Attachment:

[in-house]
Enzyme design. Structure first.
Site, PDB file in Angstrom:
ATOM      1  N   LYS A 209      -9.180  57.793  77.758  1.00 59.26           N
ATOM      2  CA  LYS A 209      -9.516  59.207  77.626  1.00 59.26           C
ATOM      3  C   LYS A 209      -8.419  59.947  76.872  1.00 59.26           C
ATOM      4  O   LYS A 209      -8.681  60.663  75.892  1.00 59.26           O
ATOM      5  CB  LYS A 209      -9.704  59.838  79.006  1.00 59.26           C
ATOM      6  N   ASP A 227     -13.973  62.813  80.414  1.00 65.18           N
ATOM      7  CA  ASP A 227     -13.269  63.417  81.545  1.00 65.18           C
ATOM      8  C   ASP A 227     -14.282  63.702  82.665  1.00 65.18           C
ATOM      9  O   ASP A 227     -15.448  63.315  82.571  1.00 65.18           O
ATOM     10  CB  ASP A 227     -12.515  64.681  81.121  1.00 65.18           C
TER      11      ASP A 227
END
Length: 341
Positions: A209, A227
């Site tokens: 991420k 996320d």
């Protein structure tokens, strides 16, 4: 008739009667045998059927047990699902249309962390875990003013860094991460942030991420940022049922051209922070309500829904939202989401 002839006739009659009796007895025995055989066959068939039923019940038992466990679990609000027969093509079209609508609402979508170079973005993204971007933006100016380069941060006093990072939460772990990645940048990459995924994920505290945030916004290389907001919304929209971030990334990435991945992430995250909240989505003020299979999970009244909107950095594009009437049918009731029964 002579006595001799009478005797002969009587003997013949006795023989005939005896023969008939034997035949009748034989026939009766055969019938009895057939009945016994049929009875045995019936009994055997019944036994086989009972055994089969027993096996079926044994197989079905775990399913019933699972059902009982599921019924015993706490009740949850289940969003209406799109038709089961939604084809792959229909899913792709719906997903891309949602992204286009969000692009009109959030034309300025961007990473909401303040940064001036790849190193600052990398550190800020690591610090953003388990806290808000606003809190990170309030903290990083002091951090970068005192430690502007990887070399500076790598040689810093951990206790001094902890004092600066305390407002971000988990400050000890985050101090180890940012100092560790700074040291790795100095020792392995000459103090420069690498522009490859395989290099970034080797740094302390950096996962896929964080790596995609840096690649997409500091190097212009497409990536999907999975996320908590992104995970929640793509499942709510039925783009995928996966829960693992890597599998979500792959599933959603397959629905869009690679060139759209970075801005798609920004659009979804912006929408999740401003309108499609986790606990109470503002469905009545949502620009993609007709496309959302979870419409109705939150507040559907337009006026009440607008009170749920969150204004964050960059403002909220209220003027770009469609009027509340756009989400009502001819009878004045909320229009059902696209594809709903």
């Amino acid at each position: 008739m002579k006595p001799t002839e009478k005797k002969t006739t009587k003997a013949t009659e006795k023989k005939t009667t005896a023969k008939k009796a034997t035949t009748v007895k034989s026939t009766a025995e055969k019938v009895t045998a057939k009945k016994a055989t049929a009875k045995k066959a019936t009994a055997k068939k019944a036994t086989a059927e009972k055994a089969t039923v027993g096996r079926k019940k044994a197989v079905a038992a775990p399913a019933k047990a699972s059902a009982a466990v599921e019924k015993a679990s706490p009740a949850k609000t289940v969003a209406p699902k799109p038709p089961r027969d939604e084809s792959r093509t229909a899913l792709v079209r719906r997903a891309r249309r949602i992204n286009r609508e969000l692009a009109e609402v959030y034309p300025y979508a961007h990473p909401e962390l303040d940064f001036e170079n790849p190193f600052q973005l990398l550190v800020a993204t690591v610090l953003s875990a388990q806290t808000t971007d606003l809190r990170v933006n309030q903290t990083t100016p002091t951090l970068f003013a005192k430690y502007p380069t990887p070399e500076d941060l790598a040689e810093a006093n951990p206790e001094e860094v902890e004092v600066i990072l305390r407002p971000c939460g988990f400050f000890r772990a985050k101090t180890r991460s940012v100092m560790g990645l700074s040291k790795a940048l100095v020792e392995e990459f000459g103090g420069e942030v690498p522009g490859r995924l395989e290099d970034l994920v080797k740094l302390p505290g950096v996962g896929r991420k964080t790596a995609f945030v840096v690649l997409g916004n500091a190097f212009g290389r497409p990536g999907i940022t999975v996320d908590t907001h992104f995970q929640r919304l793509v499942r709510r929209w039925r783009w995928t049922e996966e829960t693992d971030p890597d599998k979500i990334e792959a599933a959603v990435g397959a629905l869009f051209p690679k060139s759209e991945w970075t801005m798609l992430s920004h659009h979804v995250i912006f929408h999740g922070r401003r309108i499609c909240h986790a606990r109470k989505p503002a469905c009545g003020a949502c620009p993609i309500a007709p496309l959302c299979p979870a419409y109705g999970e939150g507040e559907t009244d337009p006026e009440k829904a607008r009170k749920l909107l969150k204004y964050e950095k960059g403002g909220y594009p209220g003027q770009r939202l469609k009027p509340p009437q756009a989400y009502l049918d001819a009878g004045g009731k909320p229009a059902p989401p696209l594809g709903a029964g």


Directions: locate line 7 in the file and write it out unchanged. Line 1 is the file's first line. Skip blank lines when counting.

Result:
ATOM      4  O   LYS A 209      -8.681  60.663  75.892  1.00 59.26           O